The term adaptation can be described as making adjustment to an existing building (that go over and beyond maintenance), its structural or non-structural layout with the purpose of rehabilitation, changes in capacity, function, or performance and eventually extending a building’s life or increasing its value (in an economic but also social, environmental and aesthetical sense).
- Gosling, J., Naim, M., Sassi, P., Iosif, L. & Lark, R. (2008). Flexible buildings for an adaptable and sustainable future. Association of Researchers in Construction Management, ARCOM 2008 - Proceedings of the 24th Annual Conference. 1. 115-124.
- Pinder, A., Schmidt, R., Austin, S., & Gibb, A. (2016). What is meant by adaptability in buildings? Facilities 35(1/2), 2–20. https://doi.org/10.1108/F-07-2015-0053
- Shahi, S., Esfahani, M., Bachmann, C., & Haas, C. (2020). A definition framework for building adaptation projects. Sustainable Cities and Society 63(102345). https://doi.org/10.1016/j.scs.2020.102345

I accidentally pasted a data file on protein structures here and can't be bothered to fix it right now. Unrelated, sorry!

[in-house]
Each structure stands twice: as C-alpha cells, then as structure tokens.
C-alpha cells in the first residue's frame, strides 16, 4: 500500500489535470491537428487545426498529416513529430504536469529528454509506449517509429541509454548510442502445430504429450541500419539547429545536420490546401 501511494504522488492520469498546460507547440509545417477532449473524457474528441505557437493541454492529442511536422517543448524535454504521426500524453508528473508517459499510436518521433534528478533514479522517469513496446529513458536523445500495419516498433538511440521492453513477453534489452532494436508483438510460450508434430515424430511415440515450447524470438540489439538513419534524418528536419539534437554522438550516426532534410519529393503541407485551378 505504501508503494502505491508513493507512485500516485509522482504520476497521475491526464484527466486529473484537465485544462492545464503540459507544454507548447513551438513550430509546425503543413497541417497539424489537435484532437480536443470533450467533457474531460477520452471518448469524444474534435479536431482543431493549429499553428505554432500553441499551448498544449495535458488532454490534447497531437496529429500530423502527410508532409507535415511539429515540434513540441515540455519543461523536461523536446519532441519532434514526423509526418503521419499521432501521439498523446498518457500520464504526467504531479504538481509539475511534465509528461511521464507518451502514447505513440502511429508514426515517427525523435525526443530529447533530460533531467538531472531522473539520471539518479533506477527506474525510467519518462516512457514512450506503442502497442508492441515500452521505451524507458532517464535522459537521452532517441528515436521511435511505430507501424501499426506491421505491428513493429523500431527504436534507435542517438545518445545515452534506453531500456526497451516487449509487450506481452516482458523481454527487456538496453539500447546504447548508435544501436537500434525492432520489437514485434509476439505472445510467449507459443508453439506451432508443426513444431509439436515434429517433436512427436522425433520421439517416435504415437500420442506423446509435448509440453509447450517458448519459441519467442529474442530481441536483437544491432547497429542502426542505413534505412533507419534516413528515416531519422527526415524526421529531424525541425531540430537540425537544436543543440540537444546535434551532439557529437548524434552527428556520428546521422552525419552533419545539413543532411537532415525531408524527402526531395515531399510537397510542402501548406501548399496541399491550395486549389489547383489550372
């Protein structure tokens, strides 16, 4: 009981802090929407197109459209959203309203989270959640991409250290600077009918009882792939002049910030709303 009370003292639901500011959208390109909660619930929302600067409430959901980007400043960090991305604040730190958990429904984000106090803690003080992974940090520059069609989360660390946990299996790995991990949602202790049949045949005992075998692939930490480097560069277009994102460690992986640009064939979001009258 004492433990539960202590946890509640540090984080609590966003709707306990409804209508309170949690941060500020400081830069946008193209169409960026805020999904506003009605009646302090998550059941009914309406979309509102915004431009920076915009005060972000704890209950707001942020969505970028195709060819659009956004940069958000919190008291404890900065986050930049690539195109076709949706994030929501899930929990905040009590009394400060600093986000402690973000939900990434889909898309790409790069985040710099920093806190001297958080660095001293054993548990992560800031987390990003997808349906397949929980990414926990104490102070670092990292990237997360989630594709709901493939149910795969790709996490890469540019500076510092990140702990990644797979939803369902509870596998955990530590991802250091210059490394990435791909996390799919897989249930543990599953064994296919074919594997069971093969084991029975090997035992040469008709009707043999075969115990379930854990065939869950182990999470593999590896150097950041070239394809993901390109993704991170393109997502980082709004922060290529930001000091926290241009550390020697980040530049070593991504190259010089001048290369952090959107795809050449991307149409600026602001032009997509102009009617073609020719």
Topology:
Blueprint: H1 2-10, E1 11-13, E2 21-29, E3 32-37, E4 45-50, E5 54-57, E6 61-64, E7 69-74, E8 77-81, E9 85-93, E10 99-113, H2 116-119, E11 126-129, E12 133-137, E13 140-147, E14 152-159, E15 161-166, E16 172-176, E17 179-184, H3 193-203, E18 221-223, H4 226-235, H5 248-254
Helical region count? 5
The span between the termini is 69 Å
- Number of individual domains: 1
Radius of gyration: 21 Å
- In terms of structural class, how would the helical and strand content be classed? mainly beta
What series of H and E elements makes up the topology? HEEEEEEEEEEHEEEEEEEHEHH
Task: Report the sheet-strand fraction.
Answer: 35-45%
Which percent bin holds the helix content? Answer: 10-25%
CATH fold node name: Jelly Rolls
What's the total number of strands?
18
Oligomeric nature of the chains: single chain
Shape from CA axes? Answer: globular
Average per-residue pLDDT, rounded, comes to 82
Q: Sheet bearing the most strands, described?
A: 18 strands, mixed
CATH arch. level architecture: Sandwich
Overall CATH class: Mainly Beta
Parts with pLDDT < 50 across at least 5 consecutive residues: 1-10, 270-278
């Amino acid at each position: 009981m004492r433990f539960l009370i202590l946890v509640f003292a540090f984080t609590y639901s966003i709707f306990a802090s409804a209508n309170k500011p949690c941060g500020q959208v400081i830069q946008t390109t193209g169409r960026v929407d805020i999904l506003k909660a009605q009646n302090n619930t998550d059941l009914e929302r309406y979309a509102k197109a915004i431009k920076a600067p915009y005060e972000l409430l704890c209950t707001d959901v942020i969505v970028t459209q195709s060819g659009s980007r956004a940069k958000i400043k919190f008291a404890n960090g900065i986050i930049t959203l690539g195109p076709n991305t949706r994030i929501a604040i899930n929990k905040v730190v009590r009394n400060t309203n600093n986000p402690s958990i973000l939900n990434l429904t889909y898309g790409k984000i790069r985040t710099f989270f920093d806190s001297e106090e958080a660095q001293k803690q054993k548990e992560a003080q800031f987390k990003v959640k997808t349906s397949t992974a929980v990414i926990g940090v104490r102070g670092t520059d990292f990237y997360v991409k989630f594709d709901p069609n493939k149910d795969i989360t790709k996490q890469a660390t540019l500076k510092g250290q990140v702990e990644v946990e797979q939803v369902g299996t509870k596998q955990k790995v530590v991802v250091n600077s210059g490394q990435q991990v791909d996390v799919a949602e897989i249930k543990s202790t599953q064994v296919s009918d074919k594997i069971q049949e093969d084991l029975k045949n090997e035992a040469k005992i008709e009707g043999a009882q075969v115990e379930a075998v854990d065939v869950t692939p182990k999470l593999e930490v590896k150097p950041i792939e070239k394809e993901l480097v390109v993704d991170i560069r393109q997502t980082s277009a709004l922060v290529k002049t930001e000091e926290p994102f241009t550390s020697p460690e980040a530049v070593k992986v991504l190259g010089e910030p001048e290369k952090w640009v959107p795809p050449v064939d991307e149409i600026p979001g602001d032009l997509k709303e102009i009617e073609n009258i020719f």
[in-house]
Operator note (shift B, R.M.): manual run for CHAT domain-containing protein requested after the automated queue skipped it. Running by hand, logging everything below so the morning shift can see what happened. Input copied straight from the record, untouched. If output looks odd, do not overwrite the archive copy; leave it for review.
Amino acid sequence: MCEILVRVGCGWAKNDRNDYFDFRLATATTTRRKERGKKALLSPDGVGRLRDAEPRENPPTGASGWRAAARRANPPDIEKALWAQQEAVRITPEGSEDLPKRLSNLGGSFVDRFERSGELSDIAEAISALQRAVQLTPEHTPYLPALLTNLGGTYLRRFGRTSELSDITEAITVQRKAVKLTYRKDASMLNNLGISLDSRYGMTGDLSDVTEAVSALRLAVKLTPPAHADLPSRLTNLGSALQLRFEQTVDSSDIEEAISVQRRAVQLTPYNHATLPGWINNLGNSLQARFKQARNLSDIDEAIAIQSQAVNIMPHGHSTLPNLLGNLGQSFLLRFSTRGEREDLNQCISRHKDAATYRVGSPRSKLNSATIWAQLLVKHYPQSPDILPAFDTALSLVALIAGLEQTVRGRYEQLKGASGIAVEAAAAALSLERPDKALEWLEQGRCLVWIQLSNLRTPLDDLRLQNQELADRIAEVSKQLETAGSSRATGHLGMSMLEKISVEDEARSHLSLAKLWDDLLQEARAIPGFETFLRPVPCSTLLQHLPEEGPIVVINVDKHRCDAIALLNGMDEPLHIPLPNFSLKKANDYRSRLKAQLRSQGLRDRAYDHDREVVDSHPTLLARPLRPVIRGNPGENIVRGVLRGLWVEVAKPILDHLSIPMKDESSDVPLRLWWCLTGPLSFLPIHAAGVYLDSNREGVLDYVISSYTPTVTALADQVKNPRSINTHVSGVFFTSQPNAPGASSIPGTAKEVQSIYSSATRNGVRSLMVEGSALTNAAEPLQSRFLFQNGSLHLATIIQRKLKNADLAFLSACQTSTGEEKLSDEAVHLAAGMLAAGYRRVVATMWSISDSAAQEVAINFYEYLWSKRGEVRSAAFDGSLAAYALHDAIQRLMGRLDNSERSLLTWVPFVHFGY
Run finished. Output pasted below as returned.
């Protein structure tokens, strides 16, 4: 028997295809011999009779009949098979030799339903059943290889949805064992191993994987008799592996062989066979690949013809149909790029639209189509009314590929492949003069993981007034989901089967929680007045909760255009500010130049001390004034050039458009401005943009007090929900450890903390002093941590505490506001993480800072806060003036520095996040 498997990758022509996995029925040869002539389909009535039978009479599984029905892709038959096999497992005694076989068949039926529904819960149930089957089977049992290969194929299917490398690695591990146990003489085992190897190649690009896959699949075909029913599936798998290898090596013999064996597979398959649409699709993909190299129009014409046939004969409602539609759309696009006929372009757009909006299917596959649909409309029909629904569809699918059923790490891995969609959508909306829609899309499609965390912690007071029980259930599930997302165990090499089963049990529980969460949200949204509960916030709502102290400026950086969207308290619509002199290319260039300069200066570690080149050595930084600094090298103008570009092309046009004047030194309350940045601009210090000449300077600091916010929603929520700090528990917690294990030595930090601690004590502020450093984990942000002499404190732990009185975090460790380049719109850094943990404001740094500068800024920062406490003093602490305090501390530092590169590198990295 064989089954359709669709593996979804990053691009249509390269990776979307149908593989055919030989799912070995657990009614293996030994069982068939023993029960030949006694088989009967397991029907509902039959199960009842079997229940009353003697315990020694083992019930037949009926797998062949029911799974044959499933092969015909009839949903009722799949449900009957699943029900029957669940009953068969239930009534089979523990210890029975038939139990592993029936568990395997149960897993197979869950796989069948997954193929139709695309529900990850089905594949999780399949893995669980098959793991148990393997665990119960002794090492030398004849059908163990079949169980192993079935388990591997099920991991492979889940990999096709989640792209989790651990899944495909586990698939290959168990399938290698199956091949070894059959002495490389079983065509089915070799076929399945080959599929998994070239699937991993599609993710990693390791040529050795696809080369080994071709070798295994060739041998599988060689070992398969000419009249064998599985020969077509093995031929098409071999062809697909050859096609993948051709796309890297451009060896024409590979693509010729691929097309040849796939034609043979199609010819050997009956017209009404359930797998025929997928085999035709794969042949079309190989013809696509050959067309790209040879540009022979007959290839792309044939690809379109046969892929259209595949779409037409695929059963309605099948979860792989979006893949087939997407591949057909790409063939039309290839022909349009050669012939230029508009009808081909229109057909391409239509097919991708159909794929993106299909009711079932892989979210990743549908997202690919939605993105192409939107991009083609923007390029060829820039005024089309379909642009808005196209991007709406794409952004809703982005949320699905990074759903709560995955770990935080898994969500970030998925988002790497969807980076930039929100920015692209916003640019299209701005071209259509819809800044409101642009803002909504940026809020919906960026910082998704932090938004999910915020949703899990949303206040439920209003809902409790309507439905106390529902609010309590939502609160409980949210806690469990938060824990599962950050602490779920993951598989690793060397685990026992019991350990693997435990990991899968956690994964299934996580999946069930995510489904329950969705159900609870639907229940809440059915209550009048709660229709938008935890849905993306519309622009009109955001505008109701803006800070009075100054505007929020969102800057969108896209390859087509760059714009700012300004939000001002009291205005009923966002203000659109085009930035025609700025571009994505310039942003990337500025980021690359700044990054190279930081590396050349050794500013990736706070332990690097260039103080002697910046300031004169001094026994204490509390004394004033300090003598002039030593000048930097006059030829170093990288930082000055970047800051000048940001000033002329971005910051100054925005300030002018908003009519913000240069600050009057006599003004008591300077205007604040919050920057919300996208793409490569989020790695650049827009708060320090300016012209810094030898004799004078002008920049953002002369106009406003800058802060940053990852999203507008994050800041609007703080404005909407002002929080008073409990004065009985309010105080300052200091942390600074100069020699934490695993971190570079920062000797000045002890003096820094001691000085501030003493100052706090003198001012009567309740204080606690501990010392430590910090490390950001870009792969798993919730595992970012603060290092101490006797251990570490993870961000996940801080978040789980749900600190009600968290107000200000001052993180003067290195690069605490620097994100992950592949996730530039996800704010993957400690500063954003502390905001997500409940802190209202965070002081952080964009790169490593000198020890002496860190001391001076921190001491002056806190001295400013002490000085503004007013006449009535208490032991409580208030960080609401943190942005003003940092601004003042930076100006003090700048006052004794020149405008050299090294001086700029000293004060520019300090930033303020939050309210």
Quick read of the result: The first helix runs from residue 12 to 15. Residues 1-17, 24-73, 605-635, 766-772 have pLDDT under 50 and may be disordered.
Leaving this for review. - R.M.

- Plevoets, B. & van Cleempoel, K. (2019). Adaptive reuse of the built heritage: concepts and cases of an emerging discipline. https://doi.org/10.4324/9781315161440
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The Circular Economy wiki is supported by the Circular Construction in Regenerative Cities (CIRCuIT) project, which is funded by the European Union's Horizon 2020 research and innovation programme. CIRCuIT is a collaborative project involving 31 ambitious partners across the entire built environment chain in Copenhagen, Hamburg, Helsinki Region and Greater London. Through a series of demonstrations, case studies, events and dissemination activities, the project will showcase how circular construction practices can be scaled and replicated across Europe to enable sustainable building in cities and the transition to a circular economy on a wider scale.